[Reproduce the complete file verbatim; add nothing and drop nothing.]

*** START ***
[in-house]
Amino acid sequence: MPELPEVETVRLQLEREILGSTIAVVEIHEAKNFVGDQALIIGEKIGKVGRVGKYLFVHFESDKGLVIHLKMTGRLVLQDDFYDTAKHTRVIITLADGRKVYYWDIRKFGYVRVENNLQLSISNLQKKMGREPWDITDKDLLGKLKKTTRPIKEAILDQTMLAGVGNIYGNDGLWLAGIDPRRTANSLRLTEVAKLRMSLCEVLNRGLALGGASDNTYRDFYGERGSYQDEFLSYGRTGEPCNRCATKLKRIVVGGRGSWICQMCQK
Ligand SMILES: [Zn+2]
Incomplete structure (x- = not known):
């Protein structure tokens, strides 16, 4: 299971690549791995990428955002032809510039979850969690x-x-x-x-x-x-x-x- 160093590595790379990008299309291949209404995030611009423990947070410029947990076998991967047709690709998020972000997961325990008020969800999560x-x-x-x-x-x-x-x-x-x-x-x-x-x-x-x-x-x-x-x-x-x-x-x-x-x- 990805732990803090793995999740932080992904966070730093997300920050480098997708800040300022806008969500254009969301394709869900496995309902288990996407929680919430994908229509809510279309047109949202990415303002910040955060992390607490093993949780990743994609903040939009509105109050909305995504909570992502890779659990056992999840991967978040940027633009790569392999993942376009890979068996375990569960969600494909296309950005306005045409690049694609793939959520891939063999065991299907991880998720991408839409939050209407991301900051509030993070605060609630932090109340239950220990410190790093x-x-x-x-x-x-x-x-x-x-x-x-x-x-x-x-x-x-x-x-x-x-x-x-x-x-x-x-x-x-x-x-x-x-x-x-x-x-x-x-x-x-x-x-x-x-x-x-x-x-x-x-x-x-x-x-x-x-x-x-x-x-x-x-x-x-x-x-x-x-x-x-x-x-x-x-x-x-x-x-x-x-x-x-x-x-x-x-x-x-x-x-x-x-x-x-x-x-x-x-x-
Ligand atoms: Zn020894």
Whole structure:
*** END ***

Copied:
[in-house]
Amino acid sequence: MPELPEVETVRLQLEREILGSTIAVVEIHEAKNFVGDQALIIGEKIGKVGRVGKYLFVHFESDKGLVIHLKMTGRLVLQDDFYDTAKHTRVIITLADGRKVYYWDIRKFGYVRVENNLQLSISNLQKKMGREPWDITDKDLLGKLKKTTRPIKEAILDQTMLAGVGNIYGNDGLWLAGIDPRRTANSLRLTEVAKLRMSLCEVLNRGLALGGASDNTYRDFYGERGSYQDEFLSYGRTGEPCNRCATKLKRIVVGGRGSWICQMCQK
Ligand SMILES: [Zn+2]
Incomplete structure (x- = not known):
């Protein structure tokens, strides 16, 4: 299971690549791995990428955002032809510039979850969690x-x-x-x-x-x-x-x- 160093590595790379990008299309291949209404995030611009423990947070410029947990076998991967047709690709998020972000997961325990008020969800999560x-x-x-x-x-x-x-x-x-x-x-x-x-x-x-x-x-x-x-x-x-x-x-x-x-x- 990805732990803090793995999740932080992904966070730093997300920050480098997708800040300022806008969500254009969301394709869900496995309902288990996407929680919430994908229509809510279309047109949202990415303002910040955060992390607490093993949780990743994609903040939009509105109050909305995504909570992502890779659990056992999840991967978040940027633009790569392999993942376009890979068996375990569960969600494909296309950005306005045409690049694609793939959520891939063999065991299907991880998720991408839409939050209407991301900051509030993070605060609630932090109340239950220990410190790093x-x-x-x-x-x-x-x-x-x-x-x-x-x-x-x-x-x-x-x-x-x-x-x-x-x-x-x-x-x-x-x-x-x-x-x-x-x-x-x-x-x-x-x-x-x-x-x-x-x-x-x-x-x-x-x-x-x-x-x-x-x-x-x-x-x-x-x-x-x-x-x-x-x-x-x-x-x-x-x-x-x-x-x-x-x-x-x-x-x-x-x-x-x-x-x-x-x-x-x-x-
Ligand atoms: Zn020894």
Whole structure: